What the Log4j Vulnerability Means for Businesses
Most businesses using Apache’s open-source Log4j logging framework should already know about the vulnerability in the system. Known as Log4Shell or CVE-2021-44228, this vulnerability requires urgent action. Left unaddressed, Log4j will allow cybercriminals to execute code to encrypt and delete files and hold data for ransom.
Read on to learn more about the Log4j vulnerability and what organizations need to do to protect themselves from it.
What Is the Log4j Vulnerability?
The Log4j vulnerability is a security gap found in Apache’s open-source Log4j logging library. Also known as Log4Shell, Log4j is a critical security vulnerability with the highest possible Common Vulnerability Scoring System (CVSS) score of 10. It only affects Log4j 2.x versions, so users and projects using Log4j1.x versions have not been affected.
This vulnerability is dangerous because it allows logged messages to have format strings that refer to information through the Java Naming and Directory Interface (JNDI). As a result, information can be remotely retrieved through a range of protocols, such as the Lightweight Directory Access Protocol (LDAP). For instance, Log4j will tell the JNDI to ask the LDAP server for the “data” object if it spots this string in a log message:
In other words, JNDI will always execute an LDAP server’s Java classes. So if the LDAP’s server responds by referencing the URL http://[server address]/data, JNDI will request the file data class. This is where the vulnerability comes in. Because log messages often contain sensitive data such as passwords and usernames, threat actors can insert JNDI references and third-party code to LDAP servers they control. They can then instruct malicious Java classes to steal, delete, and encrypt information as needed.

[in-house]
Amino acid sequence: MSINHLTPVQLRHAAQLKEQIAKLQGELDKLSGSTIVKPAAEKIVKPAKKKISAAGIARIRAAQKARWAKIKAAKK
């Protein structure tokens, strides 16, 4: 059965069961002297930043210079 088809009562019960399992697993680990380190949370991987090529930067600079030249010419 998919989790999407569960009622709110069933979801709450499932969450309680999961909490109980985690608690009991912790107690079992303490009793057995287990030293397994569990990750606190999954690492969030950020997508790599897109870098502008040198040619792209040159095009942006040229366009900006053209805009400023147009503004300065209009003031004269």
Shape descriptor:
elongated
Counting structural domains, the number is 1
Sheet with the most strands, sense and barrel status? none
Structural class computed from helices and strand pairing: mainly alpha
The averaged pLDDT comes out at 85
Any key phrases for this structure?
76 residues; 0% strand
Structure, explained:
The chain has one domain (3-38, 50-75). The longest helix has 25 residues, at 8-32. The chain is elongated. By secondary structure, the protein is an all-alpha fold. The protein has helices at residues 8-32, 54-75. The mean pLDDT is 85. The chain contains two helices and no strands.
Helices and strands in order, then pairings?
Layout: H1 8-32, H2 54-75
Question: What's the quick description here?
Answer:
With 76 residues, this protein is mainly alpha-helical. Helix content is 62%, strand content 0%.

The Implications of the Log4j Vulnerability
The Log4j vulnerability will have many implications for many vendors, projects, and companies. This is because:
The Log4j library is widely used. Log4j is extensively used across open source projects, foundation projects, frameworks, and vendors. It’s also used by Apache Software Foundation’s projects, including Apache Swift, Apache Kafka, and Apache Druid, and by popular vendors such as AWS CloudHSM, Cisco, and VMWare.
Logging is a common practice. Log4j is an essential part of software development. Programmers use it to take notes about what is happening on servers and applications. As a result, Log4j contains a lot of important information that hackers can use to their advantage. These include:
- Login times
Since the Log4j vulnerability is so easy to exploit, as of December 2021 we have already seen a number of reports of threat actors exploiting the Log4j vulnerability. Although Apache has already released a patch for this security gap, we will still probably see an uptick of Log4j attacks on supply chains in the next few weeks or so. Any project or project dependency that uses Log4j is vulnerable to Log4j attacks.